‘‘I can't stress enough how strong that link is,'' Bejarano said.
The chief added as of Friday afternoon no motive had been determined in the case.
However, he said at that time he was unsure what if any information Westerfield had provided to police following his arrest.
Police had yet to find Danielle as of Friday and were following up on some 600 tips in the case, among them, leads that led investigators to Tijuana to search an area of that border city.
Bejarano told reporters he remains optimistic that Danielle will be found.
Westerfield was a suspect in the case from the start with police questioning him, seizing his motor home and a sport-utility vehicle.
They also had Westerfield lead investigators into the Imperial Valley where he reportedly spent time in the Glamis area on Feb. 3, a day after Danielle's disappearance.
Police have searched the northeastern and western deserts of Imperial County.
A San Diego police spokesman said late Friday he is unaware of any plans to return to the Imperial Valley to continue to investigate the desert.
Volunteer searchers from the American Sand Association conducted another search of the Glamis area one week ago.
Jernigan said Friday of the Imperial County Sheriff's Office, "We are continuing to investigate all leads at the request of San Diego authorities."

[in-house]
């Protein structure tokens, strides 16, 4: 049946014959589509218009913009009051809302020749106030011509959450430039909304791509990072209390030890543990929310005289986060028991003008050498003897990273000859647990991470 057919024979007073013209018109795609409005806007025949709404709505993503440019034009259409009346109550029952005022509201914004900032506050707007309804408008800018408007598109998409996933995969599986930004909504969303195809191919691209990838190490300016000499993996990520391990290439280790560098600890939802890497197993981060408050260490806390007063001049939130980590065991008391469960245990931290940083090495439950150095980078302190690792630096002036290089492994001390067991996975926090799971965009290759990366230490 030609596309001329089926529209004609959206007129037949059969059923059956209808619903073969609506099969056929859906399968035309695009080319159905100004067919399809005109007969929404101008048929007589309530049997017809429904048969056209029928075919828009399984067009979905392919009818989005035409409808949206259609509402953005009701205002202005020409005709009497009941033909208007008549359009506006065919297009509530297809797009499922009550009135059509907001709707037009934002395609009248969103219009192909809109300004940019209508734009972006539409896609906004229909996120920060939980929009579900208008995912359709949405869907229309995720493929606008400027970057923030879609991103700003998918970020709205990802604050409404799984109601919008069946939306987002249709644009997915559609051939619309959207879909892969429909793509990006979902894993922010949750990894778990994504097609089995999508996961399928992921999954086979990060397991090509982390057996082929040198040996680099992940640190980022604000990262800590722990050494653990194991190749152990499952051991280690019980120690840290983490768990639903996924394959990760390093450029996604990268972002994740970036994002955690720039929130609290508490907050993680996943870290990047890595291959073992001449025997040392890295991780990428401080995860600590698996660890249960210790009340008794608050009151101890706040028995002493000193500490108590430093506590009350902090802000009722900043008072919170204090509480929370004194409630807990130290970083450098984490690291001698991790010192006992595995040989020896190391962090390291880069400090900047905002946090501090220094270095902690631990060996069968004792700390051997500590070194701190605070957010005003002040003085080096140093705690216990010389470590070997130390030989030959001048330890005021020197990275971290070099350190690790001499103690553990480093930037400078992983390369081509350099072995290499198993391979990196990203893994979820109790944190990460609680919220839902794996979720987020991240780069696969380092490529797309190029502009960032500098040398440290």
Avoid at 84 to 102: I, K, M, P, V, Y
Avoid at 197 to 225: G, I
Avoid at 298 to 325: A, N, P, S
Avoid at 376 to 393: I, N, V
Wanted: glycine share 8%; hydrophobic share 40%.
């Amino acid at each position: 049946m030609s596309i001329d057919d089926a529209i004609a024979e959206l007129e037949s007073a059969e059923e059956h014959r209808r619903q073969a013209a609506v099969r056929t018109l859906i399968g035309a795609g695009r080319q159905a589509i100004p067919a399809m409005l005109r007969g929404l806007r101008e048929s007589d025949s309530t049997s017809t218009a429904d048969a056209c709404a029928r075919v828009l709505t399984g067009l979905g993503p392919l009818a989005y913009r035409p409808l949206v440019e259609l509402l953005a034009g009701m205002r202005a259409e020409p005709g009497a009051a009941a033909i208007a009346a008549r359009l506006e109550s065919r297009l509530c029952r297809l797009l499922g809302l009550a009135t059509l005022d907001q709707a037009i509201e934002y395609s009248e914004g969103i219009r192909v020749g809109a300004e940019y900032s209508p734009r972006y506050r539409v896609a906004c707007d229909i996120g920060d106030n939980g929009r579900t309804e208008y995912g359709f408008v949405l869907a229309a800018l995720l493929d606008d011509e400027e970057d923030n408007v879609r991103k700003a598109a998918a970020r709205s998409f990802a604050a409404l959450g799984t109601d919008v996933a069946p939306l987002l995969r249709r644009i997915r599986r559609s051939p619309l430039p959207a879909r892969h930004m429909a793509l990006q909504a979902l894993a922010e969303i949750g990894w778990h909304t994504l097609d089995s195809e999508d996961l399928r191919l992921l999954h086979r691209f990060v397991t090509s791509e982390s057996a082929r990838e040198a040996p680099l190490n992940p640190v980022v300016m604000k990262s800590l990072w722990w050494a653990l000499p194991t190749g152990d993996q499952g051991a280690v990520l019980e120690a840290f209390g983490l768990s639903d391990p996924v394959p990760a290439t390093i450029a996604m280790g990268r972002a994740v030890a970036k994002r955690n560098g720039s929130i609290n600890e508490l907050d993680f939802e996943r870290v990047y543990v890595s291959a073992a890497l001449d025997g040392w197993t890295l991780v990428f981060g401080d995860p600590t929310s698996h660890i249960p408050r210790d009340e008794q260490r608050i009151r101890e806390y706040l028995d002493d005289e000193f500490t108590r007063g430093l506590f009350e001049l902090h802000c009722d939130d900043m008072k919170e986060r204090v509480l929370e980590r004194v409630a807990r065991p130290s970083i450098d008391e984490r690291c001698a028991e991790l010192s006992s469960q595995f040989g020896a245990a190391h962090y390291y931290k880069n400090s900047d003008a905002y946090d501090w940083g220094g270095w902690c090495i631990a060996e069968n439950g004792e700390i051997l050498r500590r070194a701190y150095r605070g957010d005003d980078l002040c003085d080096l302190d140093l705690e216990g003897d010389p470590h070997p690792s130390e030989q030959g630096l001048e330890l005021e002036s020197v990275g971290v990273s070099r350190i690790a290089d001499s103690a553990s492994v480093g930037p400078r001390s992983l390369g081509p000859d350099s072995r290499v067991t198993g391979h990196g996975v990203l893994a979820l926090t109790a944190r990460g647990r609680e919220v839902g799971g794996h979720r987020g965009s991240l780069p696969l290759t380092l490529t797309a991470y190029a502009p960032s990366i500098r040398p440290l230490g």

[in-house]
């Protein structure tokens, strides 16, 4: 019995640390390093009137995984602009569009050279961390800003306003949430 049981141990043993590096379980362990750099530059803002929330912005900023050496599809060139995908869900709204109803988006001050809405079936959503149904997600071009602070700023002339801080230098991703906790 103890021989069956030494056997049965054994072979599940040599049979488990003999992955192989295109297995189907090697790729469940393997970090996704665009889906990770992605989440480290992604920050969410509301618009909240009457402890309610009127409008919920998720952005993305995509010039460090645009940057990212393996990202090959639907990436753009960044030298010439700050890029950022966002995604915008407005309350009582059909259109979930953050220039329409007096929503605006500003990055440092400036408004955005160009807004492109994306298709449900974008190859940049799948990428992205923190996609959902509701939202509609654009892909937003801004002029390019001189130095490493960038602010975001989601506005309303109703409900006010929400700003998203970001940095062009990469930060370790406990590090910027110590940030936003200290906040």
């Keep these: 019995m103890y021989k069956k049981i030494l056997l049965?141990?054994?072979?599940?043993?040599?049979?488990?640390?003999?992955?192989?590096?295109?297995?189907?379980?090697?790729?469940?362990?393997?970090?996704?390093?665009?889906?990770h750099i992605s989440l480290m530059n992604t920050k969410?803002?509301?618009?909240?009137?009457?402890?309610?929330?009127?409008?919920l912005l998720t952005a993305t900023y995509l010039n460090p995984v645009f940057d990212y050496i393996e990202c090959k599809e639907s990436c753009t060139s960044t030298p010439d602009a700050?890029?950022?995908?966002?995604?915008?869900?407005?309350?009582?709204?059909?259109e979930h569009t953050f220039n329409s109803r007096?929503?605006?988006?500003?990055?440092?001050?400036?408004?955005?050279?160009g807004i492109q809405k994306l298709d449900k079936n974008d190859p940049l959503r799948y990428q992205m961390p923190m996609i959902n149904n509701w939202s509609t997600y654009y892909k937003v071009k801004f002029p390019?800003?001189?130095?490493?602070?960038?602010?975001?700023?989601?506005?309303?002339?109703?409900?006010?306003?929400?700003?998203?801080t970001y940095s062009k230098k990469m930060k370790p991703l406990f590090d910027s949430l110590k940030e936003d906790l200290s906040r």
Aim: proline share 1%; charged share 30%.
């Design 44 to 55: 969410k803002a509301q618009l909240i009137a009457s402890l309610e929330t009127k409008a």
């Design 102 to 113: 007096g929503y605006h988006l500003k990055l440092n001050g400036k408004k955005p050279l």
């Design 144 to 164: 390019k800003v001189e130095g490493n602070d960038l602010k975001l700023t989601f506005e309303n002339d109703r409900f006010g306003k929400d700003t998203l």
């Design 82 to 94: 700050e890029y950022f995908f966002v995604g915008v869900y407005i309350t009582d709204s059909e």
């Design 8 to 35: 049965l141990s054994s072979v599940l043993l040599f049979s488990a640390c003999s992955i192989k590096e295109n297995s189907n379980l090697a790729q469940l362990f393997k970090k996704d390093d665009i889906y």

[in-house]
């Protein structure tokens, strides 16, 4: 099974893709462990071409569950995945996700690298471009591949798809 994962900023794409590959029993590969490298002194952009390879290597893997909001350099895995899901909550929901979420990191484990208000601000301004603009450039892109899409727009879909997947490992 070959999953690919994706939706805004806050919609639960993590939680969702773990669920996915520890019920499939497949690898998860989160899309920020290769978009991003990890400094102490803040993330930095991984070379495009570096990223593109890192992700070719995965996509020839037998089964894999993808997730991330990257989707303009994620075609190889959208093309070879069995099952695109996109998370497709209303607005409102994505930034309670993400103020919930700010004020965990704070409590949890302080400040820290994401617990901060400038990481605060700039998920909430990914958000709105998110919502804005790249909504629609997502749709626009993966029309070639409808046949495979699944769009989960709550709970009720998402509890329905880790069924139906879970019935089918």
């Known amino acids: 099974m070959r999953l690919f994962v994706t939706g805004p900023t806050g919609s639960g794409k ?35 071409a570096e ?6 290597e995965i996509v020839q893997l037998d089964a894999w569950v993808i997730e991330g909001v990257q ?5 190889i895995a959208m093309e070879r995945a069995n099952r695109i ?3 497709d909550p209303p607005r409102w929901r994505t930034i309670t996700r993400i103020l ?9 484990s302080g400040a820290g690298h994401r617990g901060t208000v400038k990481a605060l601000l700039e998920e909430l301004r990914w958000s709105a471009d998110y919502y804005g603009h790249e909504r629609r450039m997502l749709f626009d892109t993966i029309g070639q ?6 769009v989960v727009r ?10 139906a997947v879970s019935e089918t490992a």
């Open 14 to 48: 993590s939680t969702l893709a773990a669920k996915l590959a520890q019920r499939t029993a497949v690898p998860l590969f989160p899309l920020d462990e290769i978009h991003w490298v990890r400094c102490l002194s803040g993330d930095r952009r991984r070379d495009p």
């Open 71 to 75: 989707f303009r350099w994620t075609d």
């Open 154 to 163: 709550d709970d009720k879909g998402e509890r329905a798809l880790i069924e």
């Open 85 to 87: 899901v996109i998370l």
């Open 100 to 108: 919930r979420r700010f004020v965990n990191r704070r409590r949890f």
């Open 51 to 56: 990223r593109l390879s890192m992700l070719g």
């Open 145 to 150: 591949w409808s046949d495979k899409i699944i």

He did not speak specifically as to how the department is continuing to assist in the investigation.
He said only that "we are doing everything humanly possible to help them."
Jernigan did say he wanted to give credit to Susie Cramer Green, general manager of the Carl's Jr. restaurant on 32nd Street in Yuma, stating she has been providing food to searchers from the Sheriff's Office.
In San Diego, Danielle's parents said while police may have made an arrest, they still do not have any word on their daughter.
‘‘We are very happy that police have made an arrest … But the fact still remains that we don't have our daughter. We still need to find Danielle,'' the girl's mother, Brenda van Dam, said outside the family home.
Westerfield, a self-employed engineer and divorced father who lives two doors from the van Dams, appeared calm as he was led into an unmarked police car.
Damon van Dam, Danielle's father, has said the family did not know Westerfield well.
‘‘He's an acquaintance. He's not a friend,'' Damon van Dam said. ‘‘We've seen him since we moved in. We wave to him. We say hello to him when we drive by.''
Calls to Westerfield's attorney were not immediately returned.
Westerfield has told reporters that he saw Brenda van Dam at a bar near their home the night before Danielle was reported missing. Westerfield also said he went away that weekend to the Imperial County desert.
Danielle was last seen when Damon van Dam put her to bed about 10 p.m. Feb. 1. He stayed home with Danielle and her two brothers while Brenda was at the bar.
Brenda van Dam came home around 2:30 a.m., then stayed up for an hour with her husband and friends. She said she made sure the children's bedroom doors were closed to keep from disturbing them, but didn't check on the children.
Danielle's disappearance was featured on the crime-fighting show ‘‘America's Most Wanted.''
On the Net: www.daniellemissing.com
>> Staff Writer Darren Simon can be reached at 337-4082.